Ph: (02) 9370 56 64

Bricks and clicks find happy medium in retail

By Sarah Lefebvre on Sep 20 2016

Two recent reports from the National Australia Bank have emboldened retail landlords and owner-occupiers who were previously unsettled by online shopping’s rise.
The first was NAB’s Online Retail Sales Index which reported a 13.5% increase in online retail spending across Australia in the year to June. While ostensibly strong, the increase actually represents a slowing in growth after five consecutive years of significant uplift. The rise of e-commerce heavily influenced industrial property with online retailers taking a larger portion of the warehouse sector to store their goods, encouraging many developers to take on pre-committed and speculative warehouse projects.
The second, the bank’s Commercial Property Survey, indicated a six-year high in retail property sentiment, with respondents believing it will be the leading non-residential property sector for capital growth over the next two years. The survey found respondents believed retail vacancy rates would contract to 4.6% by Q2 2018.
So has the retail marketplace found a stable footing in the digital landscape?
“I think we’ve now found the balance now between clicks and bricks,” said Con Kavooris, Sales and Leasing Manager at LJ Hooker Commercial Adelaide.
“The advent of e-retailing spurred retailers to put everything online and wanting to rationalise their retail space. Many investors were spooked and wondering whether they should be divesting and pursuing warehouse investments. It’s taken a while, but now both ends of the market realise this isn’t the answer.”
In a sign of the importance of a property presence, major online retailers of the likes of Amazon have taken retail shopfronts to promote their goods, supplementing the online habits of consumers with a physical experience.
Mr Kavooris said while the internet had disrupted some retail experiences, many would be immune.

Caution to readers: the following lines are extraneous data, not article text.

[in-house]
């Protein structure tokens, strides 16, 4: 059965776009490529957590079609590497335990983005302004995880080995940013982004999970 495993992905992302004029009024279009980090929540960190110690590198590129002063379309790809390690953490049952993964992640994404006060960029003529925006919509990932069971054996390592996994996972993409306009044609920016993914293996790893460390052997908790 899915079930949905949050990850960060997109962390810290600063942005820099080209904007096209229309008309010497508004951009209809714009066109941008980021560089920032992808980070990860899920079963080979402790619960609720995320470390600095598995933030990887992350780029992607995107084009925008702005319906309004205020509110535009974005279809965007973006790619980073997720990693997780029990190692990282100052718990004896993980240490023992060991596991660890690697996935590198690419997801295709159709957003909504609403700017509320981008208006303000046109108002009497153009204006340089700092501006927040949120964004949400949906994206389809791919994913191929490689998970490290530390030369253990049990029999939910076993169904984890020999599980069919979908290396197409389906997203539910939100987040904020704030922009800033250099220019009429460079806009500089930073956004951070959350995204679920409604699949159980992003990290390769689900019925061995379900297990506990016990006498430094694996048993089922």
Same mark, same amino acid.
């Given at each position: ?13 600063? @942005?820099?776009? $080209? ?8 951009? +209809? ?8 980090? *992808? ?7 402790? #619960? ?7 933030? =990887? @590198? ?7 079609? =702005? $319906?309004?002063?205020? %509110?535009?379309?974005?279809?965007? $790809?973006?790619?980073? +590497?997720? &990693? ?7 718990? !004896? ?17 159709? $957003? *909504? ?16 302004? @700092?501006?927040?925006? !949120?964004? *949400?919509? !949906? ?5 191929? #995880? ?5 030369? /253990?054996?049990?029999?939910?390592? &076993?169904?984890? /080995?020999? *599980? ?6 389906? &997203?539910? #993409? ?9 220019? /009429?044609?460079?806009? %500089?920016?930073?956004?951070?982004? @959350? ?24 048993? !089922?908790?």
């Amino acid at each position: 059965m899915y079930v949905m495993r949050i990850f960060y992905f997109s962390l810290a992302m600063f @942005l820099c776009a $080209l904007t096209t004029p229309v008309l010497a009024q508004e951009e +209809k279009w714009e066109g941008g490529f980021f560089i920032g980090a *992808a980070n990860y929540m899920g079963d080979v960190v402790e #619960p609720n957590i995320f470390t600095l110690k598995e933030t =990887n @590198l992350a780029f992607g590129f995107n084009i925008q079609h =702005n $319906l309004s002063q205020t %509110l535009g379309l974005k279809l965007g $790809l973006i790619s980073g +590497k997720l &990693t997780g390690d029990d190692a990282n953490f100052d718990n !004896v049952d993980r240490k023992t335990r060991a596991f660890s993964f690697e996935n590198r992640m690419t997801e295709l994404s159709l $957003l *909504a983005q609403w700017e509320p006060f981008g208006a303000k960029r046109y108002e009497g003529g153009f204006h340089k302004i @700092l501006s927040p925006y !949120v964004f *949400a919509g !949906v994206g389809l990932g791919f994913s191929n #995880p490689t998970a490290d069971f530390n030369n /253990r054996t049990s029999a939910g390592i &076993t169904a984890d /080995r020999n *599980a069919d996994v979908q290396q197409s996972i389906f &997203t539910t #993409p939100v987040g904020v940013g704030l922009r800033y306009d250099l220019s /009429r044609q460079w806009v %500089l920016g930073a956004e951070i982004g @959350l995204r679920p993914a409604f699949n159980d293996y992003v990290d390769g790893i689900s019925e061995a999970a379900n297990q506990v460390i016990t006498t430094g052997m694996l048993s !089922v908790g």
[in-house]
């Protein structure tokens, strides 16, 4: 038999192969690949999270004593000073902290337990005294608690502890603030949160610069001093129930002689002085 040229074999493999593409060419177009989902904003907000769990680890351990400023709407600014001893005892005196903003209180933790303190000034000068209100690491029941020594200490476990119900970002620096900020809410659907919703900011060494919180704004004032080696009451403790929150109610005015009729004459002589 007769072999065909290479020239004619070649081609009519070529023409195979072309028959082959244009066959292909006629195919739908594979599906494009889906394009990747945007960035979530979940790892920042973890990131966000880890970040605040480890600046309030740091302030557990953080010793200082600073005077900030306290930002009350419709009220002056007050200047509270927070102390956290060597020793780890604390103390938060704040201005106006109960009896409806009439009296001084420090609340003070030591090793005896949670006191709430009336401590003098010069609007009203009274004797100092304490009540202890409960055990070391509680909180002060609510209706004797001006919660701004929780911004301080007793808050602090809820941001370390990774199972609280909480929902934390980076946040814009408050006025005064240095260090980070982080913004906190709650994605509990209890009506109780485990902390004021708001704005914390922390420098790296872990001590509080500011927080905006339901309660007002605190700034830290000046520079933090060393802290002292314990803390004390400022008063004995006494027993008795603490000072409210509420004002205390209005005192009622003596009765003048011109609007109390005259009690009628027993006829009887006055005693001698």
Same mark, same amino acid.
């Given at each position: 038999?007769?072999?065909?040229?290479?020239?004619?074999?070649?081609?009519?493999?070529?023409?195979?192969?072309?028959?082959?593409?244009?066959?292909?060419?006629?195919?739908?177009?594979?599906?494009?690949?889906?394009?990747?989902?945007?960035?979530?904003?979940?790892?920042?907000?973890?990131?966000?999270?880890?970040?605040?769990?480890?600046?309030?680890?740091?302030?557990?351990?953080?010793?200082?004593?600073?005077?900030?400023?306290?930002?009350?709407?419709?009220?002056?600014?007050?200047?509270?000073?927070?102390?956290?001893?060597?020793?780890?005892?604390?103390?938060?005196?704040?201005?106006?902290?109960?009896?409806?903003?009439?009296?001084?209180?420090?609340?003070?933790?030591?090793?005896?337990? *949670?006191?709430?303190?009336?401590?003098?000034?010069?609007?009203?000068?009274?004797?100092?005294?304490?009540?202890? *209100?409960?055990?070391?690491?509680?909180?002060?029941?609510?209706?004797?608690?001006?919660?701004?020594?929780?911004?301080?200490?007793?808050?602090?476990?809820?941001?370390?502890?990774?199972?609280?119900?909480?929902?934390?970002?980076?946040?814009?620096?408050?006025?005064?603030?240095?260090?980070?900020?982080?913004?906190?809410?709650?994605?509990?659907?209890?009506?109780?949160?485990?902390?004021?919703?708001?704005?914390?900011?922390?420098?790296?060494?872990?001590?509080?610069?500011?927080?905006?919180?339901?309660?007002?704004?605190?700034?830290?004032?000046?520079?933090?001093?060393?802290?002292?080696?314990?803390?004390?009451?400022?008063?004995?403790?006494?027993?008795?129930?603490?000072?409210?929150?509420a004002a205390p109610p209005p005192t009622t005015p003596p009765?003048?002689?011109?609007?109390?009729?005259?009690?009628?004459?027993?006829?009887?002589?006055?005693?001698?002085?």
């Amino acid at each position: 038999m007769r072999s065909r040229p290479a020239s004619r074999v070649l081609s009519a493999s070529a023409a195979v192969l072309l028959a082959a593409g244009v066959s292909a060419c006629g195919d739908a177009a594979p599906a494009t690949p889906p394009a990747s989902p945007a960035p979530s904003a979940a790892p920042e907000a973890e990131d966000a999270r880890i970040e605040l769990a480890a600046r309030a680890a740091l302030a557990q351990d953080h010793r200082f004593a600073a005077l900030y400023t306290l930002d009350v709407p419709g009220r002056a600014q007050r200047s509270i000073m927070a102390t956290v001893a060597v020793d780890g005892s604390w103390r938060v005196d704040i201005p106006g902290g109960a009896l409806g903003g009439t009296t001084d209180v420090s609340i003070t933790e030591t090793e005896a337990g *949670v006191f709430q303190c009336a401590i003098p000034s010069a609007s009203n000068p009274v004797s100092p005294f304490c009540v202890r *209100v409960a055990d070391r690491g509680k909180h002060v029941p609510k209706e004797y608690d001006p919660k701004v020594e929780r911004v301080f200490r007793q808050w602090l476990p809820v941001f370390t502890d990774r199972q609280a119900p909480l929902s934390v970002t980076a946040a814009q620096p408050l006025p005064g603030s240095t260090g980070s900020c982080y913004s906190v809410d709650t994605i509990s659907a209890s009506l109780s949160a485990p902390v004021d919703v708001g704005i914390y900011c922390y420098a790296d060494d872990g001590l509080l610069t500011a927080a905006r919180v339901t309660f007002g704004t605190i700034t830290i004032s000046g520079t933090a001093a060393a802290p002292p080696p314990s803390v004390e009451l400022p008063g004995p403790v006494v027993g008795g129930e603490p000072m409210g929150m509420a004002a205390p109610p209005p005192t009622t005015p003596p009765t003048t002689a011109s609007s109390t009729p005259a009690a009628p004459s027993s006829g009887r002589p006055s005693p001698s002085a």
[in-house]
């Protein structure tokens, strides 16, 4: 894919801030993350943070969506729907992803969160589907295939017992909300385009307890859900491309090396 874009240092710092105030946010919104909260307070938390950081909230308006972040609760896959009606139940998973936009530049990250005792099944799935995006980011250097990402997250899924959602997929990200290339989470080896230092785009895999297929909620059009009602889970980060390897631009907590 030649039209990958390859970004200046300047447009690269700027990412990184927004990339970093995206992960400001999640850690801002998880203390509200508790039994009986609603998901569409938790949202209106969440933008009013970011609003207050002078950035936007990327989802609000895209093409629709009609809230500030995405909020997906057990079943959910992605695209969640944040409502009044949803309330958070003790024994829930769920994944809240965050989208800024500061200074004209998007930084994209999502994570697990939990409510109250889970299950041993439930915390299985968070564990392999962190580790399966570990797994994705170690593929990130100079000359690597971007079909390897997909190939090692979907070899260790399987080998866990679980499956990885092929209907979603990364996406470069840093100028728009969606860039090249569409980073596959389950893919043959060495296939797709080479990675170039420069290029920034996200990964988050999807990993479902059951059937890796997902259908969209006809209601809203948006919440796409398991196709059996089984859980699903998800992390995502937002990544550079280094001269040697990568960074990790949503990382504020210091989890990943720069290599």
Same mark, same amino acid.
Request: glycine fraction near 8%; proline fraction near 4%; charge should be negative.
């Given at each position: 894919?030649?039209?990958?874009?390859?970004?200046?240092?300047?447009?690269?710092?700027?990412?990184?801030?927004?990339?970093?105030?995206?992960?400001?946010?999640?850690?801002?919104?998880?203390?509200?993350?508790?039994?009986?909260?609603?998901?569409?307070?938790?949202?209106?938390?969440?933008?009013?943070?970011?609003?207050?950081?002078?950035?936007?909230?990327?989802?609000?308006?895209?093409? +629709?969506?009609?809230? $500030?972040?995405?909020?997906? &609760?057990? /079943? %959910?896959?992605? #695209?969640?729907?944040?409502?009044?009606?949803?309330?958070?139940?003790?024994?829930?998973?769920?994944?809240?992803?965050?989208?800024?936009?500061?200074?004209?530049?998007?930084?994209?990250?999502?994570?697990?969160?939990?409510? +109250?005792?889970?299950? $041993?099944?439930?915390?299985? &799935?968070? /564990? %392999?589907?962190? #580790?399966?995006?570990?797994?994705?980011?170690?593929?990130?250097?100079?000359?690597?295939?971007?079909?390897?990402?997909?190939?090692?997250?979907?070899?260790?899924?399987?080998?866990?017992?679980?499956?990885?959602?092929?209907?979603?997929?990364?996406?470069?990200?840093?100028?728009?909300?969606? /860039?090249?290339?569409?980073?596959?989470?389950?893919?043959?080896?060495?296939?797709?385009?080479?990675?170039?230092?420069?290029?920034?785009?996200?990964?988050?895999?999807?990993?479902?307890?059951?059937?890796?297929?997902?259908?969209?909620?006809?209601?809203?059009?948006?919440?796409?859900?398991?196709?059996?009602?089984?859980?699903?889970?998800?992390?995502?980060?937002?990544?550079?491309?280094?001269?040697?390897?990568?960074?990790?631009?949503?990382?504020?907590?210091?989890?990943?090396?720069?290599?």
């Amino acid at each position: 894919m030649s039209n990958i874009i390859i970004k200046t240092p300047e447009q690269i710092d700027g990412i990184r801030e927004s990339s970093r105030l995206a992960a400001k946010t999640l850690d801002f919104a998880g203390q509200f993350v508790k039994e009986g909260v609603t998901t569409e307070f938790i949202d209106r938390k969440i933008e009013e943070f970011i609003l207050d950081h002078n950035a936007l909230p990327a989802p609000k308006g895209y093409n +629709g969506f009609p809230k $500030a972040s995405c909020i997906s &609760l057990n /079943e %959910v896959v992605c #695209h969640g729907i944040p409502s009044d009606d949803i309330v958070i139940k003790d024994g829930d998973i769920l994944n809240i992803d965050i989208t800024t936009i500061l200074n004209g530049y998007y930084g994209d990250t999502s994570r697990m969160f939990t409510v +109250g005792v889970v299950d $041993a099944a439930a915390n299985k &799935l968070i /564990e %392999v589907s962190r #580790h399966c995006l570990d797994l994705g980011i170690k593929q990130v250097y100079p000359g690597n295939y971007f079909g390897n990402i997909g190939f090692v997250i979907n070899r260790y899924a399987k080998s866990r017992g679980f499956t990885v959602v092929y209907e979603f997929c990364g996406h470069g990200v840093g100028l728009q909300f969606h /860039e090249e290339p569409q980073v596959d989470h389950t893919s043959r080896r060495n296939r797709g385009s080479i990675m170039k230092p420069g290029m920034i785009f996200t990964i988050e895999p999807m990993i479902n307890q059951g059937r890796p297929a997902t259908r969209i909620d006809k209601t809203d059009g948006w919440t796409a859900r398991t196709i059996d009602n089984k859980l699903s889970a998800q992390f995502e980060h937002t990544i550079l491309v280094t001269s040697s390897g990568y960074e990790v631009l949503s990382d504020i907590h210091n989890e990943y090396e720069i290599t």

“The services sector – everything from barbers to physiotherapists - will always require a physical presence; they’ll be supported by online activities, but never made redundant by them.
“Investors are finding neighbourhood shopping centres, where there’ll be a butcher, medical centre and small supermarket very appealing because they’re striking the right mix of service-based tenancies, enhancing profitability for their lessees and themselves.”
Ashley Moffat, Director of Retail Leasing at LJ Hooker Commercial Gold Coast is co-ordinating the tenancies of several fringe shopping centre redevelopments in Queensland, including the $35m overhaul of the Burpengary Plaza. He echoed Mr Kavooris’ sentiment.
“In the old days, shopping centres were all about getting a major supermarket, a major discount store and surrounding them with one hundred specialty shops,” he said. “But that’s changed: it’s now about being boutique and convenient or a super-regional experience and those retail offerings in between need to be very clever nowadays to succeed.”
In line with the rise of services, Mr Moffatt said strip retail would continue to flourish in Australia due to the gentrification of inner-city suburbs.
“I think an investor with a couple of million dollars will more and more look at high-end, boutique strip retail in the inner-city fringe suburbs in line with changing consumer habits,” said Mr Moffat.
“Mums and dads nowadays have different motivations and lifestyle to perhaps the previous generations. They want to be able to get a short cab or even walk to a good restaurant and then on to a wine bar to catch-up with friends. They don’t want to line-up for a cab at night and they don’t want to be too far from the kids and babysitter.”
While online shopping had influenced the retail transaction, Mr Moffat said the internet had also influenced expectations of consumers.
“Ten years ago, if you went to a food court, about all you would find would be a kebab shop, burgers, carvery, sushi and Chinese. Fast forward to today and specialisations have really come to the fore: you can find a food court which purely specialises on different regions of Asia and that’s because the internet has made the market more curious about what’s available.”
Learn more about how to position your retail investment in the digital age by visiting or contact your local LJ Hooker Commercial office.